Charles Dharapak, Associated Press
COLUMBIA, S.C. — In mailboxes across South Carolina in 2007, likely Republican voters received a Christmas card signed by "The Romney Family" with a quotation from a 19th century Mormon leader suggesting God had several wives.
Mitt Romney's campaign, just a few weeks away from the 2008 presidential primary in a state where evangelicals look skeptically on the former Massachusetts governor's Mormon faith, condemned the bogus card as politics at its worst. The sender never took credit. And it was just another anonymous shot in the endless volleys of nasty campaigning in South Carolina.
While attack politics happen in every state, South Carolina's reputation for electoral mudslinging and bare-knuckled brawling is well-earned.
Why there? Largely because of the high stakes. South Carolina has always picked the GOP's eventual nominee since the primary's inception in 1980. And money, nerves and time are usually running out for almost everyone but the front-runner after Iowa and New Hampshire, often leading challengers to go for the jugular.
"The ghost of Lee Atwater hangs over South Carolina like a morning fog and permeates every part of the state's politics," says Scott Huffmon, a Winthrop University political science professor. Atwater, who died 20 years ago, was South Carolina's most famous political operative and a master of slash-and-burn politics.
Given the dynamics of this year's Republican presidential race, it's safe to expect under-the-radar attacks over the next week as challengers work to derail front-runner Romney before the Jan. 21 primary. The rise of super PACs — outside groups aligned with but independent from the candidates — means some of the attacks could be more public this time, but still nasty.
"You've got four guys that are make or break,' said Warren Tompkins, a veteran South Carolina political consultant advising Romney. "Desperate men do desperate things."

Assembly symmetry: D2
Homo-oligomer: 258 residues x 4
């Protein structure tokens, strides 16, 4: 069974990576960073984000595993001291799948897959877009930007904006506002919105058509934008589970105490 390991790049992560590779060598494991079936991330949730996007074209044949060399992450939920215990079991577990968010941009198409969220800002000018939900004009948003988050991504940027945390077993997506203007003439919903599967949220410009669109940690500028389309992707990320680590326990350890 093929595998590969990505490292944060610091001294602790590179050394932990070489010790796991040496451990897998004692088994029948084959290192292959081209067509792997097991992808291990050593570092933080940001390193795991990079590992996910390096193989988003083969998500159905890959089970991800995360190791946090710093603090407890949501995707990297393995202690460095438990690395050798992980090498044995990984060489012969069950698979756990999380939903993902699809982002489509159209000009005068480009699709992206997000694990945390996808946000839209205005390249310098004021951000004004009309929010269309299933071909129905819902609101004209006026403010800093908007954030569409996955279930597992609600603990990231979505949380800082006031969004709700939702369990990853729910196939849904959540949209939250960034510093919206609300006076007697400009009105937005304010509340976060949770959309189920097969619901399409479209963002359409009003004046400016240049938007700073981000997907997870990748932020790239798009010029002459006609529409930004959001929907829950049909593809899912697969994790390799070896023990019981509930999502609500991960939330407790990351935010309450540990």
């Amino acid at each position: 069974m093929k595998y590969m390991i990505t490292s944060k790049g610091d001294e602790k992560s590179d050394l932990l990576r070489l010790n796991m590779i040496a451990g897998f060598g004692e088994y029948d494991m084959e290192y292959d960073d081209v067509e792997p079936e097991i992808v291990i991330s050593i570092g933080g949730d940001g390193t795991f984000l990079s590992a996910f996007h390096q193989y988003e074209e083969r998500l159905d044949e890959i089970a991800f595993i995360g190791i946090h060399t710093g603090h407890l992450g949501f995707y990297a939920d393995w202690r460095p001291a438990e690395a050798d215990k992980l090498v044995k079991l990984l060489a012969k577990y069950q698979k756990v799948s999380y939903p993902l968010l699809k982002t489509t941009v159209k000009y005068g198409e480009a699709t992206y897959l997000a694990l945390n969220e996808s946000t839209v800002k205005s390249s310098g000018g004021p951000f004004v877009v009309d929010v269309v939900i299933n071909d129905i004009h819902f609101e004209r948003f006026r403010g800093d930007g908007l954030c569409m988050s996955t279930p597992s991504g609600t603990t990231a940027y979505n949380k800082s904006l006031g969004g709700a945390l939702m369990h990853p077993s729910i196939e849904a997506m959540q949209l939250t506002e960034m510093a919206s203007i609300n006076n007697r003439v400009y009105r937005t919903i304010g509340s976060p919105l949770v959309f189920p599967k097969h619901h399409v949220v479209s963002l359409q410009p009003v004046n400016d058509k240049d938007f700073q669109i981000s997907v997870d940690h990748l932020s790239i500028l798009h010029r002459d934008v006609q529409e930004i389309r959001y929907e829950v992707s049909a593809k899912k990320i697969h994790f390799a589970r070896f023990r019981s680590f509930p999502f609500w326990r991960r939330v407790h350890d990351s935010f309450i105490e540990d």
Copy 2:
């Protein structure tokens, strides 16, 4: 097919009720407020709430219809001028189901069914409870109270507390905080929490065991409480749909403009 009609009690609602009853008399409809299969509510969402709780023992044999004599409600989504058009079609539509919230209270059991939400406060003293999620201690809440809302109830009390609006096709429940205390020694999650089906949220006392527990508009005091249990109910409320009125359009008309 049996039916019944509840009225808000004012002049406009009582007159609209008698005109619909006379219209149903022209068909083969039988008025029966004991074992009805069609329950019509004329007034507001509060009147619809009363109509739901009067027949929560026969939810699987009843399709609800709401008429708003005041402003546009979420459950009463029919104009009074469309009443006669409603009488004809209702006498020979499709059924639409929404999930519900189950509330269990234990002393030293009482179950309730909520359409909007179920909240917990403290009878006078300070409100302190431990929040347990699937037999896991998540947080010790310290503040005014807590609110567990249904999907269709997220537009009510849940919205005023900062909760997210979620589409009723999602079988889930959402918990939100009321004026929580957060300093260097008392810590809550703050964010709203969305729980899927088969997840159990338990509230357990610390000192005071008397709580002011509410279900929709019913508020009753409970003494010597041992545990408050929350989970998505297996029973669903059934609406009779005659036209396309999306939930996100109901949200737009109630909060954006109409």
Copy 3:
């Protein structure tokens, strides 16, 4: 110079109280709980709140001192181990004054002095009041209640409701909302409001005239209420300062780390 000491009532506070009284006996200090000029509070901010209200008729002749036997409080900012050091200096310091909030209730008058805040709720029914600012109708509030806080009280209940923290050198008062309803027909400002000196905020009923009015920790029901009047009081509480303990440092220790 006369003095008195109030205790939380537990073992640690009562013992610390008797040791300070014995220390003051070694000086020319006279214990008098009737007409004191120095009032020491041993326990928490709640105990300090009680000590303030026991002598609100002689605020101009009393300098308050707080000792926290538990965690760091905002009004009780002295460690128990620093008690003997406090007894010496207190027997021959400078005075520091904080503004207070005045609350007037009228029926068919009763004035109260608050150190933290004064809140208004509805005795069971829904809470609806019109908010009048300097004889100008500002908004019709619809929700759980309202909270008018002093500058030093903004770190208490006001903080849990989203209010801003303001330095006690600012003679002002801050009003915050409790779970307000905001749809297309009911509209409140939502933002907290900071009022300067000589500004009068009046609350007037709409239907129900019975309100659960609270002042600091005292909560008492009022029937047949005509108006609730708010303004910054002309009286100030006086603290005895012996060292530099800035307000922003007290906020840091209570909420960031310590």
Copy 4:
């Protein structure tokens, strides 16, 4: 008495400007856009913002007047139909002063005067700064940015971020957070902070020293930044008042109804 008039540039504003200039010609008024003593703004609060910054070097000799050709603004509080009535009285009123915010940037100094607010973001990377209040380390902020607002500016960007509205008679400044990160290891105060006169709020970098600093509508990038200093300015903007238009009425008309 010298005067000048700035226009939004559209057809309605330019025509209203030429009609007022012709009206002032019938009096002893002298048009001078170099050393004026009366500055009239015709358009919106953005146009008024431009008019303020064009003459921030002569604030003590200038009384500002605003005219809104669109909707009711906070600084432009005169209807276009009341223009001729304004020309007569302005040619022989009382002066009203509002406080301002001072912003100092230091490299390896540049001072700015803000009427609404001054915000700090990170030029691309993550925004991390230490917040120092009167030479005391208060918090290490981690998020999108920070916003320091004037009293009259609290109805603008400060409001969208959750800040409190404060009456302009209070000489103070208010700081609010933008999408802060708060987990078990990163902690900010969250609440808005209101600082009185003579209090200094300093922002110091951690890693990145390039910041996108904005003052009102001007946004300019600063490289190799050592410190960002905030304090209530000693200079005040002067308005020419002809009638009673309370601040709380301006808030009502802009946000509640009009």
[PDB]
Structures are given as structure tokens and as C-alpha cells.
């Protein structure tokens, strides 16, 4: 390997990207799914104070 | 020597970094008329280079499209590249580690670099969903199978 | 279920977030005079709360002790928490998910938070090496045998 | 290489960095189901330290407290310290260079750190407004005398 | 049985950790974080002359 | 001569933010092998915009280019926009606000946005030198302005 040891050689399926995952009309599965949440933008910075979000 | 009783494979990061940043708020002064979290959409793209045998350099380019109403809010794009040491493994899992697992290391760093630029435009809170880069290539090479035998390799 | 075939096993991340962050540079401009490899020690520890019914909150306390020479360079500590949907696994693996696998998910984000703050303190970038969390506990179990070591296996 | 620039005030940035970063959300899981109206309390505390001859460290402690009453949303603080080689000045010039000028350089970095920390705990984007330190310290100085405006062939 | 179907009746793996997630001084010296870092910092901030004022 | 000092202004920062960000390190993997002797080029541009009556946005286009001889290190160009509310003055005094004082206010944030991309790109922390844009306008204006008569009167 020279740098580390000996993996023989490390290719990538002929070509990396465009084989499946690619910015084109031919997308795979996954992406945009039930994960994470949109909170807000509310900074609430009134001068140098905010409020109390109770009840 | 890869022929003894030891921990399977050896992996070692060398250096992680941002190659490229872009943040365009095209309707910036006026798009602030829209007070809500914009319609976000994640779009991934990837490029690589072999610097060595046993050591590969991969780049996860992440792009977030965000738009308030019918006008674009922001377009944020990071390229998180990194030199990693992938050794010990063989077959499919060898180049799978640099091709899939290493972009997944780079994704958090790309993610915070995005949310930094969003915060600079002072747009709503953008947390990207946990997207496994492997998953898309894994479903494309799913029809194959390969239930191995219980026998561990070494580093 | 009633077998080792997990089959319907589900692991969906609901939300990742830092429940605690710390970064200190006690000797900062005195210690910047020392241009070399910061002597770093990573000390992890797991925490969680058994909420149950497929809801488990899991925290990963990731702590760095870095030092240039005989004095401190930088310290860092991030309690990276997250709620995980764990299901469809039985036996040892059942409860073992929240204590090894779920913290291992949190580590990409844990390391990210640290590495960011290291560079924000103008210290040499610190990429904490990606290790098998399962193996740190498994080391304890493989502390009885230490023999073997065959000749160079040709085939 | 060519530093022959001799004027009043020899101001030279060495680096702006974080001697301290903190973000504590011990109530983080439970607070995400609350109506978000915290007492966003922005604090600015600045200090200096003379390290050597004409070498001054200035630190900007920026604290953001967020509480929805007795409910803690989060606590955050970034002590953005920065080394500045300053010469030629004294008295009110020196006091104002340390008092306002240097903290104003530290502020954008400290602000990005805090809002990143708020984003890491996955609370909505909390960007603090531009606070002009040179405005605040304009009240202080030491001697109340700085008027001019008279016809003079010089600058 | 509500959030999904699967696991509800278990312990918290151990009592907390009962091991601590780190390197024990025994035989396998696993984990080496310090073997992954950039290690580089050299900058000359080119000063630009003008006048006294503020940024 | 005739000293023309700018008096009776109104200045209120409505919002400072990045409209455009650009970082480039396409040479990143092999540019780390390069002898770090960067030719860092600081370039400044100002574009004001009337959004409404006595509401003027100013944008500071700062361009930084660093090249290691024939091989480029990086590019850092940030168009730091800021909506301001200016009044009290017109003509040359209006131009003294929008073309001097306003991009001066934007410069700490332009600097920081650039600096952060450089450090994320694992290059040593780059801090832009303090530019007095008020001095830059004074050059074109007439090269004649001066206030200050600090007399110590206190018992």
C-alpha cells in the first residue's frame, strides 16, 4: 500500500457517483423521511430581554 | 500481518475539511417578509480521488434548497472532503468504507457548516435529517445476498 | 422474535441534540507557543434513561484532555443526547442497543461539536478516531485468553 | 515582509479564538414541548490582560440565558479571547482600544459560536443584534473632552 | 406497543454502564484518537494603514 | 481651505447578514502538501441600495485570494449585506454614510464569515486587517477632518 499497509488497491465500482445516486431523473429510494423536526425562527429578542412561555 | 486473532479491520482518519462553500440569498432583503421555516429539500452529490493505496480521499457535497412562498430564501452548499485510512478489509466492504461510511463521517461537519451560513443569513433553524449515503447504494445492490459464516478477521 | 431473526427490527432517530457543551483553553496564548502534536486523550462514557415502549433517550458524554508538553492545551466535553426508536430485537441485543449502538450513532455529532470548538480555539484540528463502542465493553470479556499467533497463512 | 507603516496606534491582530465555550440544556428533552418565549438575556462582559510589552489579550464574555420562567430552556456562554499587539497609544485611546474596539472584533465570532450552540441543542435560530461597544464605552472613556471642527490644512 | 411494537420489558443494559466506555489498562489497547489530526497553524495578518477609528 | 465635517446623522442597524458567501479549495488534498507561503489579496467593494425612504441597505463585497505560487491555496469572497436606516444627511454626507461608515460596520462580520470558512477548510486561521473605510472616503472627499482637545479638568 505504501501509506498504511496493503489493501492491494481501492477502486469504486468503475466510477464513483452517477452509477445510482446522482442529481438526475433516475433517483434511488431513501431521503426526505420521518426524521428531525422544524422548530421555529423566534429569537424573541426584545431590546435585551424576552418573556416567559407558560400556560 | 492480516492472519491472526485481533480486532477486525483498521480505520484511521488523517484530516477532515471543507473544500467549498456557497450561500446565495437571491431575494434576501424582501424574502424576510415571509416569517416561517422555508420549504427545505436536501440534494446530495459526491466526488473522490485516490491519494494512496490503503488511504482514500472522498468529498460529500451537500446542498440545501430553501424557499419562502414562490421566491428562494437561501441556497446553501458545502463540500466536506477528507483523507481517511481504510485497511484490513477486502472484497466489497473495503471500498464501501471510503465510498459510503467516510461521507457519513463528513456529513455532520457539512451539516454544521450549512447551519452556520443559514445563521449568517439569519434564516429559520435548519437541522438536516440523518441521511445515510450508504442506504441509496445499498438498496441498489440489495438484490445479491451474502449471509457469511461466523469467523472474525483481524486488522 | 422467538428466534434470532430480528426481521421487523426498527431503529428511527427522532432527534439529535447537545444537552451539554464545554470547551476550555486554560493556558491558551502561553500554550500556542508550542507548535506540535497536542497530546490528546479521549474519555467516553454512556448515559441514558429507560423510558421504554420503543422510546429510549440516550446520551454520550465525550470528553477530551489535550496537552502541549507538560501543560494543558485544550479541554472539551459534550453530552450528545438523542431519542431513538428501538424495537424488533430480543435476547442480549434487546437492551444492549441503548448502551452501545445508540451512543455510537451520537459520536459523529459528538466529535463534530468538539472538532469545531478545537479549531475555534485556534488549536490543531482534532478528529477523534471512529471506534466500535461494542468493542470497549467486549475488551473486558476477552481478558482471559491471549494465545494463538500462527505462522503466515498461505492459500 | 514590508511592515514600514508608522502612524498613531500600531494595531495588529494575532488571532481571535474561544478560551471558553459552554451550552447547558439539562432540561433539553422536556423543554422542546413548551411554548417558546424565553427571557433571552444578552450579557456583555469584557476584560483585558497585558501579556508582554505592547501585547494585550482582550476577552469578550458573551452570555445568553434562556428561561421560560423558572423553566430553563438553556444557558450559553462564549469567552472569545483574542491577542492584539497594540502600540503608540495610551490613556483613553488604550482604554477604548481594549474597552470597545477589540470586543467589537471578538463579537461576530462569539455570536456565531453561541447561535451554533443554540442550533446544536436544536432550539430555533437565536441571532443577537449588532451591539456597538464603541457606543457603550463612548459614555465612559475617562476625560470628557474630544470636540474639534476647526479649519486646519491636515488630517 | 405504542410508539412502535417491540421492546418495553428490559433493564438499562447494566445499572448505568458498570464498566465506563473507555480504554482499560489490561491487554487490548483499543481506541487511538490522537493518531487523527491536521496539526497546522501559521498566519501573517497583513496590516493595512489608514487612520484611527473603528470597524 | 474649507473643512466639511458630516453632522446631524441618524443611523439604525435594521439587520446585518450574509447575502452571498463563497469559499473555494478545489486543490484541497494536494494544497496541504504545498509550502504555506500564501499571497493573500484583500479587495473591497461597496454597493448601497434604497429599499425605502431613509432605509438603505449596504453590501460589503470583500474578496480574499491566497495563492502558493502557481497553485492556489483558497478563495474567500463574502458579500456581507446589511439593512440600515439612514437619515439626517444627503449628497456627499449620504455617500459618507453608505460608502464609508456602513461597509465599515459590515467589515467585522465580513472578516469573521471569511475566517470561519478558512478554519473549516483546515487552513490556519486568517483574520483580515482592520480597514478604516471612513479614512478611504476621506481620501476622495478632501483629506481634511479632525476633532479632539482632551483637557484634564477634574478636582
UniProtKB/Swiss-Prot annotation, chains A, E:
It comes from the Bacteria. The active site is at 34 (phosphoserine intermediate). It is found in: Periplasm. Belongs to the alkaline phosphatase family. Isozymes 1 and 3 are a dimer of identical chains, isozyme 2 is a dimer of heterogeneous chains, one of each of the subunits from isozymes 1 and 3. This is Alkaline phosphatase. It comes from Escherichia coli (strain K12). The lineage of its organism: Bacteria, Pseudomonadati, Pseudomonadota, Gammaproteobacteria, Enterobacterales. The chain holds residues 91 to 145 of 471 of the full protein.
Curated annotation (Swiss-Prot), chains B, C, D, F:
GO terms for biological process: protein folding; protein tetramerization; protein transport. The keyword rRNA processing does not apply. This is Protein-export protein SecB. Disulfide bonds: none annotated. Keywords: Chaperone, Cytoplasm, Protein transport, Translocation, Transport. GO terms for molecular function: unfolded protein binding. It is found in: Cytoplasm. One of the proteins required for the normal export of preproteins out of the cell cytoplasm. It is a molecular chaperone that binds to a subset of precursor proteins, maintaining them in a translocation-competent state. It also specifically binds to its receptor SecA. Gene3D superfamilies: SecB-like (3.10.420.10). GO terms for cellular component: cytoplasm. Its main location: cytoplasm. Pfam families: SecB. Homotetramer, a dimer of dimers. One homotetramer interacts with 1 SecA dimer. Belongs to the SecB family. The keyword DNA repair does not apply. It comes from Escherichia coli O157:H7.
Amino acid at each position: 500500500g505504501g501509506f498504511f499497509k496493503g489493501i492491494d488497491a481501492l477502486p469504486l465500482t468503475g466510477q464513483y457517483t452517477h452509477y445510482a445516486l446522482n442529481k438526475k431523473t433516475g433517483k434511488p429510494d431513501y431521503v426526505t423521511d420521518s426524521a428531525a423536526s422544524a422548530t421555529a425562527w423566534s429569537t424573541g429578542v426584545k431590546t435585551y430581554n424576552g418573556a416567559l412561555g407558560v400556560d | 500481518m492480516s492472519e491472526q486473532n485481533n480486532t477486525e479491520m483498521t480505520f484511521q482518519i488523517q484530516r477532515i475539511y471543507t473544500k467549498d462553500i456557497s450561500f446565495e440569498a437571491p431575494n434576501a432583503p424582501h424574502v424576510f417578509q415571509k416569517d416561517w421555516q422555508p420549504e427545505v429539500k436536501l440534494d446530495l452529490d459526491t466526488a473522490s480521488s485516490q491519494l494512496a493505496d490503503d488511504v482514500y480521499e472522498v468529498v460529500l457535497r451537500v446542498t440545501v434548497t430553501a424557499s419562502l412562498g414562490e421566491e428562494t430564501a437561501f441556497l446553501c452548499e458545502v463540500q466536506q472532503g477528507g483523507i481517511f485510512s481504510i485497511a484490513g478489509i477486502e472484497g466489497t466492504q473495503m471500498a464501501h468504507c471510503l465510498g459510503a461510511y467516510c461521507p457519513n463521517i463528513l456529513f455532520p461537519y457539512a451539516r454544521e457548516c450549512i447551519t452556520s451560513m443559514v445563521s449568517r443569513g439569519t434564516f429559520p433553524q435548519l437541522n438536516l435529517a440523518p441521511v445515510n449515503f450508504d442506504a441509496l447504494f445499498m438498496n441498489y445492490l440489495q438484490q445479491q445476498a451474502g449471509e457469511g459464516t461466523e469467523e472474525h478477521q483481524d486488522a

Romney says he's ready for whatever comes his way.
"Politics ain't beanbags, and I know it's going to get tough," the GOP front-runner said as he headed south after his New Hampshire victory. "But I know that is sometimes part of the underbelly of politics."
The lore of negative attacks here includes a whisper campaign against Republican John McCain in 2000 that included rumors that the daughter his family adopted from Bangladesh was the Arizona senator's illegitimate black child.
Those were desperate times for George W. Bush's campaign. McCain had just stunned the establishment's choice with a blowout win in New Hampshire, and Bush had just 18 days to turn the momentum around in South Carolina. Publicly, Bush took a few shots at McCain, but mostly stressed he was the true conservative. But plenty of ugliness was happening behind the scenes.
People who attended rallies or debates found flyers on their car windshields with the accusations about McCain's daughter and raising questions about his mental stability. Callers, pretending to be pollsters, would ask loaded questions of voters about whether they could support a man who had homosexual experiences or a Vietnam hero who was really was a traitor. The sponsors of the false attacks were careful to leave no trail.
Alone, none of the charges was all that believable. But their combined weight dragged McCain down.
How careful were the folks attacking McCain? Exit polls after Bush won the 2000 primary with 53 percent of the vote found that nearly half of South Carolina voters felt that McCain had made unfair attacks, compared to only about a third who felt Bush was unfair.
McCain learned a lesson, and in 2008 responded quickly to almost every negative attack, winning the state's primary.
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